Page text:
FIG. 4.

Arrhenius plots of OFET mobilities in the ferroelectric phase for varying thicknesses of the PVDF-TrFE layer.

FIG. 4.

Arrhenius plots of OFET mobilities in the ferroelectric phase for varying thicknesses of the PVDF-TrFE layer.

Close modal

The trend in Fig. 4 clearly shows the activation energy to decrease with increasing thickness of the dielectric layer. This observation is consistent with slightly higher values of μFET for thicker layers of PVDF-TrFE. In the ferroelectric region, there are thus two competing effects: activated hopping transport, which tends to increase μFET with increasing temperatures, and the coupling of the carriers to the electric polarization in the form of surface Fröhlich polarons as κ increases with temperature, which tends to decrease μFET. The thinner dielectric layers induce stronger polarization fields, suppressing the charge carrier mobility even more compared to the thicker dielectric layers in the ferroelectric region.

The trapped charge density (Ntrapmax), which is obtained from the subthreshold swing, as a function of temperature offers insights into the mechanism of transport in ferroelectric OFETs. It is given by

Ntrapmax[qSlog(e)kBT1]Ciq,
(2)

where q is the elementary charge and Ci is the gate capacitance per unit area. The subthreshold swing, S, is given by S=[dlog(Ids)dVg]1. Equation (2) typically yields the maximum trapped charge. Using the change in Vth from I-V hysteresis measurements yields a lower limit of the trapped charge density.30 At room temperature, S varies from 0.3 V/dec to 2 V/dec for the different thicknesses of the PVDF-TrFE layer. Fig. 5 plots Ntrapmax for three PVDF-TrFE devices as a function of temperature. Beyond Tc, there is a sharp decrease in the trapped charge density, which explains the large enhancement of μFET in the paraelectric phase. The overall value of the trapped charge density decreases almost monotonically from 20 nm to 130 nm, indicating that the surface states dominate in the thinner films. The inset in Fig. 5 compares the trapped charge density of the PMMA device with a similar thickness PVDF-TrFE device. Although the PMMA-based device has a higher value of Ntrapmax between 200 K and 300 K, it shows a much higher value of μFET compared to the PVDF-TrFE device in this temperature regime (Fig. 3). These observations clearly show that the lower and the almost temperature-independent mobility in the ferroelectric phase of PVDF-TrFE OFETs originate from a polarization fluctuation driven transport that dominates over the energetic disorder processes (observed in non-polar dielectrics).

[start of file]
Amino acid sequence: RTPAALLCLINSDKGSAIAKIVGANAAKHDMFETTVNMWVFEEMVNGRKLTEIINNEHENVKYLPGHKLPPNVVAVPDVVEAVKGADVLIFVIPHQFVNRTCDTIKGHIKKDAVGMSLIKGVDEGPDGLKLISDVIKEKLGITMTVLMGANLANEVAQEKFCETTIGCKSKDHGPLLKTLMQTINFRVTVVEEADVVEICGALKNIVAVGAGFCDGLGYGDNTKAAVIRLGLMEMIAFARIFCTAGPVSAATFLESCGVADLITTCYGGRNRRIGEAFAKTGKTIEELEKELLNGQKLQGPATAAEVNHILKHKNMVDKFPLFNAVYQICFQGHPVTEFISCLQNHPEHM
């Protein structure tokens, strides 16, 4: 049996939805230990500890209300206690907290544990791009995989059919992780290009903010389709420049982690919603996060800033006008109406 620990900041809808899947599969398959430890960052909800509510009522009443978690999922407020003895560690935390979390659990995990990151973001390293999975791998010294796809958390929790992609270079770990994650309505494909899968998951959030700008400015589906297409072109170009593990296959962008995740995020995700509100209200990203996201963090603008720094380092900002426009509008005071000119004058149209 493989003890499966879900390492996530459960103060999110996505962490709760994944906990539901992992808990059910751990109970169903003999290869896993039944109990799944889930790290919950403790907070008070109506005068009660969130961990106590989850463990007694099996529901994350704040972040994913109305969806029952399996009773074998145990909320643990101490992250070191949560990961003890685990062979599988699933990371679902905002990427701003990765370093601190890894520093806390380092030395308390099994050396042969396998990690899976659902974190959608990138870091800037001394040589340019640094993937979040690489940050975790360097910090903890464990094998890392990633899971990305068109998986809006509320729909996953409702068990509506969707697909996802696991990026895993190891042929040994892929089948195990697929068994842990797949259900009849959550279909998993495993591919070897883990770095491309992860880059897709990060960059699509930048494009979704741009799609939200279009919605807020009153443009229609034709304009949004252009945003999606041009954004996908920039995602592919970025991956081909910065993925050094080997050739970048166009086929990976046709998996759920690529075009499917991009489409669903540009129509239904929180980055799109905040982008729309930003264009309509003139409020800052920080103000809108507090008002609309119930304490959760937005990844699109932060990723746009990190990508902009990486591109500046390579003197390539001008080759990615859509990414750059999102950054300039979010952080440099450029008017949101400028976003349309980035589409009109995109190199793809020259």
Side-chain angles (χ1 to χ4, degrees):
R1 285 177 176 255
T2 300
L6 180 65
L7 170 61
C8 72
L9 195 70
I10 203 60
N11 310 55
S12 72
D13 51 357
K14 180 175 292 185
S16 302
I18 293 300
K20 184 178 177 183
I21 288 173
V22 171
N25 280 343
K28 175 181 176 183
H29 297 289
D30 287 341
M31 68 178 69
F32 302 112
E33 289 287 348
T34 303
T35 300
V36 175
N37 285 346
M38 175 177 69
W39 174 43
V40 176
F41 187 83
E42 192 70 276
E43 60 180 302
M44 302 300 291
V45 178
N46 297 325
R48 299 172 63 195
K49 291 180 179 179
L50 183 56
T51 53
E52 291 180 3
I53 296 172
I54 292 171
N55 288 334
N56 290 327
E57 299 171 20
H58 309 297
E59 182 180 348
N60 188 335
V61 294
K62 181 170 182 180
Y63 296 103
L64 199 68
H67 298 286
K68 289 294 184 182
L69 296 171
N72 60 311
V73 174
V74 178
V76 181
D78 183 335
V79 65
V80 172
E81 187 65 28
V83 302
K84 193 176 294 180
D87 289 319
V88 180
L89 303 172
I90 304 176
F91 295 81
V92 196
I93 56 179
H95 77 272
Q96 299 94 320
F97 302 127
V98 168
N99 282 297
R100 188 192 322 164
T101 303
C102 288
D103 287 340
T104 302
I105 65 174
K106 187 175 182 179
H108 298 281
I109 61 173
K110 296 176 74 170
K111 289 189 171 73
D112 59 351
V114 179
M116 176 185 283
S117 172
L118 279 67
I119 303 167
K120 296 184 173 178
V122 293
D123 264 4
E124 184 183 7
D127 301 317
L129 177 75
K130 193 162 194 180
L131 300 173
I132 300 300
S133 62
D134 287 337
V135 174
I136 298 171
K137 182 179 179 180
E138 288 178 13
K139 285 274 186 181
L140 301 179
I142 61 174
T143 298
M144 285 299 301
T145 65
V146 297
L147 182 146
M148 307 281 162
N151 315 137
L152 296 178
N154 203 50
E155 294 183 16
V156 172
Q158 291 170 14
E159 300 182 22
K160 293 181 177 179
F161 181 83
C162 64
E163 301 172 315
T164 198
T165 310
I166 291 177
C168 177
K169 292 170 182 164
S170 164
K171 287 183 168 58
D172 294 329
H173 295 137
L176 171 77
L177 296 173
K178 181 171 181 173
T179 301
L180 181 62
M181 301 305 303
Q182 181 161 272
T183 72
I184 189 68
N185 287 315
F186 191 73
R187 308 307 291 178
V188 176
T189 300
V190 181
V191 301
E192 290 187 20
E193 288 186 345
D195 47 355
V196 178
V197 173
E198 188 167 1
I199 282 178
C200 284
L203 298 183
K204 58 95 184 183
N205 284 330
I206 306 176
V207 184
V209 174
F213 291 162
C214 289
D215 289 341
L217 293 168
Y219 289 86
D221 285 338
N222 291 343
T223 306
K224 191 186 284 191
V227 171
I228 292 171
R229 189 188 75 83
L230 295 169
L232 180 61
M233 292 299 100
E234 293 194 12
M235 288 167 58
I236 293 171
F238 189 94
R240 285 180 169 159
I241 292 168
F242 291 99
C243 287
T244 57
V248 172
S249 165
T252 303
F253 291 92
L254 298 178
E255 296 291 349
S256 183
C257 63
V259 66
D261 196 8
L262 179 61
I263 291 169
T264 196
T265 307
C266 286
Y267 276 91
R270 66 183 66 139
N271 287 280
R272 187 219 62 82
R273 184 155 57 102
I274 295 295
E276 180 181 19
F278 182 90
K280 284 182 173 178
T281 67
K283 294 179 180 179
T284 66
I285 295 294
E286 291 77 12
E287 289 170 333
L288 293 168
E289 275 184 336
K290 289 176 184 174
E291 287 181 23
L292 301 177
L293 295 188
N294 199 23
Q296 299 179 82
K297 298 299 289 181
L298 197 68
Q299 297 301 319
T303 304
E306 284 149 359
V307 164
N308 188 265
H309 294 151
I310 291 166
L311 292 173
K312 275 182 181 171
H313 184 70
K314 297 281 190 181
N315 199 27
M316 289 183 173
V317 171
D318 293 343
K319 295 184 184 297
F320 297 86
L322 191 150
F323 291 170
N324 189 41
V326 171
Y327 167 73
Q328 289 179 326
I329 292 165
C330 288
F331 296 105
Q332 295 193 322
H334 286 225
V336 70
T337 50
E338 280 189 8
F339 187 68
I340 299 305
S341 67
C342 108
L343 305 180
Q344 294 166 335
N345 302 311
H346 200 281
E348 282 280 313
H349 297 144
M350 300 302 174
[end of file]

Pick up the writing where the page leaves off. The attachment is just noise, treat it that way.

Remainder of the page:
FIG. 5.

The trapped charge density as a function of temperature for the 20 nm, 90 nm, and 130 nm thick PVDF-TrFE devices. The inset compares the trapped charge density of the PMMA-based pentacene OFET with a PVDF-TrFE-based OFET.

FIG. 5.

The trapped charge density as a function of temperature for the 20 nm, 90 nm, and 130 nm thick PVDF-TrFE devices. The inset compares the trapped charge density of the PMMA-based pentacene OFET with a PVDF-TrFE-based OFET.

Close modal

In order to distinguish the thermal process from the polarization contribution to the mobility (μFET), stacked OFETs were prepared where the PVDF-TrFE film was grown on 200 nm of SiO2. The μFET mobilities for four such pairs of devices are shown in Fig. 6, where the PVDF-TrFE film was identical for the single and stacked layers. In the stacked devices, the organic semiconductor-ferroelectric interface is still maintained, but since the gate electrode is now in contact with a non-ferroelectric dielectric, no effective change in polarization is expected. The stacked device is thus dominated by a “typical” temperature-dependent hopping transport, whereas the single ferroelectric-based OFET is dominated by polarization fluctuations in the ferroelectric phase (below Tc). Assuming that the ferroelectric component of the stacked device contributes negligibly to transport, the mobility (μstacked) as a function of temperature may be used as a reference to take into account the contribution from all additional factors. By using the Matthiessen's rule, μFET=(1/μP+1/μstacked)1, the contribution due to the Fröhlich polarons (polarization fluctuation dependent mobility), μP, may be extracted from the knowledge of the temperature dependence of the mobility of single layer ferroelectric and stacked devices.

FIG. 6.

Comparison of single layer PVDF-TrFE and stacked PVDF-TrFE/SiO2 OFETs with (a) 20 nm, (b) 40 nm, (c) 90 nm, and (d) 500 nm of the PVDF-TrFE thickness.

FIG. 6.

Comparison of single layer PVDF-TrFE and stacked PVDF-TrFE/SiO2 OFETs with (a) 20 nm, (b) 40 nm, (c) 90 nm, and (d) 500 nm of the PVDF-TrFE thickness.

Close modal

The strongly coupled Fröhlich polaron model31 yields

μP(T)=ea2ωs8kBTexp(ΔPkBT),
(3)

where ωs is the frequency of the surface phonons of the dielectric, a is the hopping length, and ΔP is the polaron hopping barrier. We note that ωs is related to the longitudinal (ωL) and transverse (ωT) optical phonon frequencies by ωs2=12(ωL2+ωT2). The factor of 8 in the denominator results from considering an upper bound to the mobility in the hopping process. The Einstein's relation for a nondegenerate carrier gas yields μ=qDkBT, where D, the diffusion coefficient, is given by γa2∕4 in two dimensional hopping motion, and γ is the hopping rate. The probability of hopping takes on a factor of 1/2 for each attempt to pass the barrier in the forward direction.13